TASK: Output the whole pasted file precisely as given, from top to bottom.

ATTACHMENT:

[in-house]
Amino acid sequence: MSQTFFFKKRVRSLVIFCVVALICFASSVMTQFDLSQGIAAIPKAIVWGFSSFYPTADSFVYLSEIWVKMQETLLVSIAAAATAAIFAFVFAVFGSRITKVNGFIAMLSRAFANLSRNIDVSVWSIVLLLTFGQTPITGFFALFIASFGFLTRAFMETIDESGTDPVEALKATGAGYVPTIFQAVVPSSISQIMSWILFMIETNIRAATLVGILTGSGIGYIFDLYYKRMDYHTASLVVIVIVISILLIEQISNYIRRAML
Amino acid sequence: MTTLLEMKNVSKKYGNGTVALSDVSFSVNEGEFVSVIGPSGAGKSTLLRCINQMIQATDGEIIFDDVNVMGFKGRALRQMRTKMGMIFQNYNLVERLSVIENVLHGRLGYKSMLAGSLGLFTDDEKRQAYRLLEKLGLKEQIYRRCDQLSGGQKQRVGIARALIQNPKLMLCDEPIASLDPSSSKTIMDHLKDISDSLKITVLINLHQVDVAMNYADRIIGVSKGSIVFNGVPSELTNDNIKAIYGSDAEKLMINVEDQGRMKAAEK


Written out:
[in-house]
Amino acid sequence: MSQTFFFKKRVRSLVIFCVVALICFASSVMTQFDLSQGIAAIPKAIVWGFSSFYPTADSFVYLSEIWVKMQETLLVSIAAAATAAIFAFVFAVFGSRITKVNGFIAMLSRAFANLSRNIDVSVWSIVLLLTFGQTPITGFFALFIASFGFLTRAFMETIDESGTDPVEALKATGAGYVPTIFQAVVPSSISQIMSWILFMIETNIRAATLVGILTGSGIGYIFDLYYKRMDYHTASLVVIVIVISILLIEQISNYIRRAML
Amino acid sequence: MTTLLEMKNVSKKYGNGTVALSDVSFSVNEGEFVSVIGPSGAGKSTLLRCINQMIQATDGEIIFDDVNVMGFKGRALRQMRTKMGMIFQNYNLVERLSVIENVLHGRLGYKSMLAGSLGLFTDDEKRQAYRLLEKLGLKEQIYRRCDQLSGGQKQRVGIARALIQNPKLMLCDEPIASLDPSSSKTIMDHLKDISDSLKITVLINLHQVDVAMNYADRIIGVSKGSIVFNGVPSELTNDNIKAIYGSDAEKLMINVEDQGRMKAAEK